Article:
Just 12 short weeks ago, Mike Hummell found himself in the middle of one of the highest-profile union fights of 2012: the nationwide strike against Hostess Brands. As a member of the Bakery, Confectionery, Tobacco Workers and Grain Millers International Union (BCTGM), Hummell hit the picket lines in early November in support of the union’s desperate showdown with the company famous for making Wonder Bread and Twinkies. But for Hummell the strike would become more than an angry protest against Hostess’ assault on his livelihood. It would be the beginning of a journey through the electronic media in search of fairness for himself and his coworkers.
“It was incredible to see the strike portrayed in the media as the union forcing the company out of business,” says Hummell, a receiving clerk at the Hostess bakery in Lenexa, Kan. With 14 years on the job, Hummell was dismayed that media portrayals of the struggle showed little or no understanding of the workers’ viewpoint. Adding insult to injury, many news outlets blithely repeated Hostess’ assertions that the company would be destroyed by BCTGM’s refusal to make “reasonable” compromises, he says.
The facts, as Hummell knew from his years at the bakery, were quite different. Workers had already made broad concessions to help save the company, and the goal of the strike was to the hold the line against Hostess managers intent on busting the unions and dismembering the company. While some press accounts seemed biased or misinformed, equally troubling was that the main newspaper in the area, Kansas City Star, was ignoring the story. Hummel’s wife sent in a complaint and a reporter soon contacted him.
“I got into an argument with them. I have to admit I was a little surprised when the the story came out and it was pretty accurate. They even quoted me by name,” he recounts.
Hummell then decided to make his own leap into personal journalism. Long a reader of the Daily Kos blog, he composed his first-ever post for the site. On November 18, Hummell—using the screen name Bluebarnstormer—blasted Hostess in a lengthy post titled “Inside the Hostess Bankery.”
“Wow, it just took off,” Hummell says. The post went viral, logging 261,723 page views in the following days. Indeed, it was so popular that Hummell’s work finished in second place in Daily Kos’ 2012 annual calculation of the site’s most popular reader posts. It was instant fame, of sorts. He was contacted by a news reporter for CNNMoney, and his comments received wide distribution. Hummell then received a call from a producer of the CNBC television network, asking that he represent the workers on a cable program with national distribution. He made two appearances on CNBC, during which he ably fielded hostile questions from both hosts and guests.
“The funniest thing about CNBC was the second time I was on, it was like they felt they had to have a whole crew of so-called ‘experts’ to prove I was wrong,” Hummell says. “Well, none of them seemed to know anything about Hostess.” He says he received a lot of encouragement from his co-workers in his efforts to spread accurate information about the strike, as well as from officers of BCTGM Local 218, which represents Hostess workers in the Kansas City area.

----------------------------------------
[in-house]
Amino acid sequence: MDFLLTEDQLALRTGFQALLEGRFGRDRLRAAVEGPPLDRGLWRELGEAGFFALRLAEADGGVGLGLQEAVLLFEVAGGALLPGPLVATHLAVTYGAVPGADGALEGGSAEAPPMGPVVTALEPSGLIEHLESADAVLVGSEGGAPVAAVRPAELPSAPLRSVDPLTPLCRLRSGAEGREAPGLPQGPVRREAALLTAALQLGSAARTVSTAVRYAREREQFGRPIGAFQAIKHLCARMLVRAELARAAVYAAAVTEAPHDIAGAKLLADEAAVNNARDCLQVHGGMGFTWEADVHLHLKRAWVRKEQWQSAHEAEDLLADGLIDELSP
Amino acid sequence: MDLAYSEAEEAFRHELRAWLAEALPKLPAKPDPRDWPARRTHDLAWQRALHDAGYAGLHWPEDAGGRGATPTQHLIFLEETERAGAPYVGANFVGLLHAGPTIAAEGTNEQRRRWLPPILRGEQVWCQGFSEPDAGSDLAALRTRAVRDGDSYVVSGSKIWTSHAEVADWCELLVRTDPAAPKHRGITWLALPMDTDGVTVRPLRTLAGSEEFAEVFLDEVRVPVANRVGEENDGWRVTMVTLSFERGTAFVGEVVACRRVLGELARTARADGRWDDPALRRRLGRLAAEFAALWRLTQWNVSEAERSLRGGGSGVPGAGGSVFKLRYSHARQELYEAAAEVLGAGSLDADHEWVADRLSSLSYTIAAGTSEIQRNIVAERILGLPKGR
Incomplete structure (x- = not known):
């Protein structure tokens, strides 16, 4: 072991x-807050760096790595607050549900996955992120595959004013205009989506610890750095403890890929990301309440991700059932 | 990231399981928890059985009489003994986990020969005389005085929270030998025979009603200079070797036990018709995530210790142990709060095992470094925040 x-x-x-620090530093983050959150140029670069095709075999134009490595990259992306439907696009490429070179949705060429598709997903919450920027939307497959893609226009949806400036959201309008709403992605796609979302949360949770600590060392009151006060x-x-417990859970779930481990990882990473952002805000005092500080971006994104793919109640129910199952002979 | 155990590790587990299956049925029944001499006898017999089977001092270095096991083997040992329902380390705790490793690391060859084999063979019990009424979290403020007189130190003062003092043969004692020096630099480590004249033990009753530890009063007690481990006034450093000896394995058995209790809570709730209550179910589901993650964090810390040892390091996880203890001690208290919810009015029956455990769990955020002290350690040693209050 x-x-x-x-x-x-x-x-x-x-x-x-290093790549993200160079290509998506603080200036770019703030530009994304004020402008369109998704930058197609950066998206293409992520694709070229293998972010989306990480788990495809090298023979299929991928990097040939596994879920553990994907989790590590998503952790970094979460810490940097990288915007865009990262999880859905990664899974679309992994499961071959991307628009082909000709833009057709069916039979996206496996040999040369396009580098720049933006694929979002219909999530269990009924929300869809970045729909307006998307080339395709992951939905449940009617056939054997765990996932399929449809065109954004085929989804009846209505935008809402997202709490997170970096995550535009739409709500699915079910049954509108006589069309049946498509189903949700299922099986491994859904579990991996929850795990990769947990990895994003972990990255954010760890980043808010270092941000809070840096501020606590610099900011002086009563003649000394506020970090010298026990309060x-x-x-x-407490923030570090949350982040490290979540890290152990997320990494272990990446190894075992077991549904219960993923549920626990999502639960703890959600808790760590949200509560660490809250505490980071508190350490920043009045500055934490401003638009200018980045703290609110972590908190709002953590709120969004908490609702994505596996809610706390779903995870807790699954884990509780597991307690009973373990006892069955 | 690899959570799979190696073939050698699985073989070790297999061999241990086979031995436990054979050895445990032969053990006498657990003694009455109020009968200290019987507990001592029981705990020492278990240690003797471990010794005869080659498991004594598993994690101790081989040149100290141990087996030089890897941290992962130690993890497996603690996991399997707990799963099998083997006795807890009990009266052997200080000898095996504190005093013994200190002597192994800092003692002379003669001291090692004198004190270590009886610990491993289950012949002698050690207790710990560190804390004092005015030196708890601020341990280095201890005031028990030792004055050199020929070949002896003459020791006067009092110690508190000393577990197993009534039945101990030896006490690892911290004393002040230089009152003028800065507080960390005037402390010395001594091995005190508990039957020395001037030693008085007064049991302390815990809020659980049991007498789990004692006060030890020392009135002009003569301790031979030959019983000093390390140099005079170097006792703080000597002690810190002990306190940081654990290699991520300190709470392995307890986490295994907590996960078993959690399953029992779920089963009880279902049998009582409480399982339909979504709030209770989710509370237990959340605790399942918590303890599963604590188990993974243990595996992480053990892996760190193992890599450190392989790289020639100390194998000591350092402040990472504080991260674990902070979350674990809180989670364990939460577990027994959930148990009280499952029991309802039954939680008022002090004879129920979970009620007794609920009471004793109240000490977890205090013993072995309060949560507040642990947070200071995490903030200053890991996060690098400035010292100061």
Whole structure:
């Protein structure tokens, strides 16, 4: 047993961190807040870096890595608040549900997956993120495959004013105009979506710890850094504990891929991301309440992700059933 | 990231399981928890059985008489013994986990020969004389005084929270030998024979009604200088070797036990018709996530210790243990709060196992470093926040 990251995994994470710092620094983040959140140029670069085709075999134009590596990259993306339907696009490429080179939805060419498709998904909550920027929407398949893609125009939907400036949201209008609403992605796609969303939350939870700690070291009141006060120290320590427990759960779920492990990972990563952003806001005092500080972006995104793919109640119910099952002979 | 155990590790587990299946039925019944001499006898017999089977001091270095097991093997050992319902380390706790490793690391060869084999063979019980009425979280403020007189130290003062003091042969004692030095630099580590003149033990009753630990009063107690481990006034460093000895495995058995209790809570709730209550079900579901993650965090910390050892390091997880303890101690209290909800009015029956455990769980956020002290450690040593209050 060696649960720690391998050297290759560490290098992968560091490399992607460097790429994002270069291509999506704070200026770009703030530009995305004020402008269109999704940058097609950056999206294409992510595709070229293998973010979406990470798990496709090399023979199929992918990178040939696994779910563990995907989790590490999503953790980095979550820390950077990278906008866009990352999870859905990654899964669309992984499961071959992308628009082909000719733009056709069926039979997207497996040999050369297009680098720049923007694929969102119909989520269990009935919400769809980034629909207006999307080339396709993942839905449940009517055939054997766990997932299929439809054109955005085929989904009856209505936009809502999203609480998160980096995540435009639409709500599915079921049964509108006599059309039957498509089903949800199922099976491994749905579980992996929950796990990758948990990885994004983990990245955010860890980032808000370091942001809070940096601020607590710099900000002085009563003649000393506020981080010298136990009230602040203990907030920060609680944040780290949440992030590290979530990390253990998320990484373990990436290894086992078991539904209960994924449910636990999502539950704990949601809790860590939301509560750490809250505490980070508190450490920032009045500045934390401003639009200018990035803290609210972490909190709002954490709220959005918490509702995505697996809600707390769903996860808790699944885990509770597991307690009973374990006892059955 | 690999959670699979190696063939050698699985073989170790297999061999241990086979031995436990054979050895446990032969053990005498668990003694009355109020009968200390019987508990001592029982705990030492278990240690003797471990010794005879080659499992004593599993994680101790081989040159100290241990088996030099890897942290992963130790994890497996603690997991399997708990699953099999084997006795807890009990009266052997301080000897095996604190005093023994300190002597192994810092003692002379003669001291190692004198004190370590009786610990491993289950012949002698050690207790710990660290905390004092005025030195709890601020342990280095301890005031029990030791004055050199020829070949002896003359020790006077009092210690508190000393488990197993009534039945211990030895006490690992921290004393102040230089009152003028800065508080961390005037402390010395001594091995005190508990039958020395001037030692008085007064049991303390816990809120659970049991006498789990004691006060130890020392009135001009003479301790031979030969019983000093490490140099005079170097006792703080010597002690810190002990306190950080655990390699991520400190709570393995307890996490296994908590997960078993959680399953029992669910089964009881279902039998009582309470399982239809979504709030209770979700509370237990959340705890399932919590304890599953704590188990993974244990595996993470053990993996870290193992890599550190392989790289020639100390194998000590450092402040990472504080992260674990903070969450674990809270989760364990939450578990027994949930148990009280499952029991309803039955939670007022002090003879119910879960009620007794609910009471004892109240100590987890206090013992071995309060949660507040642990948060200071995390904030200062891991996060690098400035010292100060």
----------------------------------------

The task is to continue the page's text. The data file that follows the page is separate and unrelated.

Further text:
His campaign was not successful, however, in deterring Hostess owners from their plan to close the company, dismiss all the workers, and sell off all the assets to the highest bidder. Currently, Hostess is seeking final approvals from a federal bankruptcy court for an auction of the company’s bakeries and other property.
But Hummel is not finished in his quest. He recently completed work on a 27-minute video, which he videotaped (with a help of a close friend) at a union meeting for fired workers. He hopes that a continued campaign to inform the public will aid Hostess workers in what he regards as a gross miscarriage of justice in Hostess’s bankruptcy proceedings.
“It is absolutely a crime what has happened,” Hummell charges. “The owners of Hostess have lied again and again, and there has been no accountability” from Judge Robert Drain, who oversees the court case.
Judge Drain, he says, has been complicit in the abuse of the bankruptcy court process and should be called to account. Hummell hopes that full public exposure of Hostess managers and of Judge Drain can insure that some of the cash generated by the sale of Hostess will flow to the workers.
As for his journey into the world of media, Hummell says he plans to go further. His public stand on behalf of the BCTGM members has led to an invitation to work with the International Longshoremen’s Association, he says. His experience over the last 12 weeks has convinced him that it is possible for rank-and-file workers to make a difference, he tells Working In These Times.
You can contact Mike at bluebarnstormer <at> yahoo <dot> com.
This article was written by Bruce Vail at Working In These Times on February 2, 2013. Reprinted with Permission.
About the Author: Bruce Vail is a Baltimore-based freelance writer with decades of experience covering labor and business stories for newspapers, magazines and new media. He was a reporter for Bloomberg BNA’s Daily Labor Report, covering collective bargaining issues in a wide range of industries, and a maritime industry reporter and editor for the Journal of Commerce, serving both in the newspaper’s New York City headquarters and in the Washington, D.C. bureau.